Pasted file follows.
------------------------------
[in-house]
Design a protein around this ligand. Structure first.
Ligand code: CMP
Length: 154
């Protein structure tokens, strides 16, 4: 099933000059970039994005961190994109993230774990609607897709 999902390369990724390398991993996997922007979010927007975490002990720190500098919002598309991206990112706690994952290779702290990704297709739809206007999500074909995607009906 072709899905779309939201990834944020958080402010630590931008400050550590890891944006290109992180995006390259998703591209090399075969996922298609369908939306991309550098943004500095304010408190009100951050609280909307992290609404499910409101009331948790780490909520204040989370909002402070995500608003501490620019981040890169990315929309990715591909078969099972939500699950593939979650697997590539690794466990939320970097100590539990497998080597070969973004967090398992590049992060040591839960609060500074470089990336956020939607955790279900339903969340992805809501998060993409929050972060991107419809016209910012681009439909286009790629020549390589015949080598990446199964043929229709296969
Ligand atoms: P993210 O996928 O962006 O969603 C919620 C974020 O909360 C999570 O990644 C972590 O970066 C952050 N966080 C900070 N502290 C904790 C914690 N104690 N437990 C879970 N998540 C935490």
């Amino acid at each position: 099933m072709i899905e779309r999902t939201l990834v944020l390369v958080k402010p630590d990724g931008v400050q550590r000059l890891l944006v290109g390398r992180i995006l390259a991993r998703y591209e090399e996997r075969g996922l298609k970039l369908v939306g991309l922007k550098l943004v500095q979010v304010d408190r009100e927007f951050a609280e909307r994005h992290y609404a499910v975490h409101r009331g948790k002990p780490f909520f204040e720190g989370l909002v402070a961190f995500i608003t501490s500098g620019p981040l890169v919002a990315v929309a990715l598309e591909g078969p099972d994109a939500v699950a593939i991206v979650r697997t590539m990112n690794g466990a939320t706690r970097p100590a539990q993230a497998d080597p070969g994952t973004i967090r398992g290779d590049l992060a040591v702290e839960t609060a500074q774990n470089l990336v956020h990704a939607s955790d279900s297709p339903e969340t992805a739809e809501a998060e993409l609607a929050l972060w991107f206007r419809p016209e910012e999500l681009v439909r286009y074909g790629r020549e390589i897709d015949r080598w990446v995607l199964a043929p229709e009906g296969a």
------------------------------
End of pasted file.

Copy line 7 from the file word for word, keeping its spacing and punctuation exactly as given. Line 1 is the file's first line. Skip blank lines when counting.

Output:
């Amino acid at each position: 099933m072709i899905e779309r999902t939201l990834v944020l390369v958080k402010p630590d990724g931008v400050q550590r000059l890891l944006v290109g390398r992180i995006l390259a991993r998703y591209e090399e996997r075969g996922l298609k970039l369908v939306g991309l922007k550098l943004v500095q979010v304010d408190r009100e927007f951050a609280e909307r994005h992290y609404a499910v975490h409101r009331g948790k002990p780490f909520f204040e720190g989370l909002v402070a961190f995500i608003t501490s500098g620019p981040l890169v919002a990315v929309a990715l598309e591909g078969p099972d994109a939500v699950a593939i991206v979650r697997t590539m990112n690794g466990a939320t706690r970097p100590a539990q993230a497998d080597p070969g994952t973004i967090r398992g290779d590049l992060a040591v702290e839960t609060a500074q774990n470089l990336v956020h990704a939607s955790d279900s297709p339903e969340t992805a739809e809501a998060e993409l609607a929050l972060w991107f206007r419809p016209e910012e999500l681009v439909r286009y074909g790629r020549e390589i897709d015949r080598w990446v995607l199964a043929p229709e009906g296969a």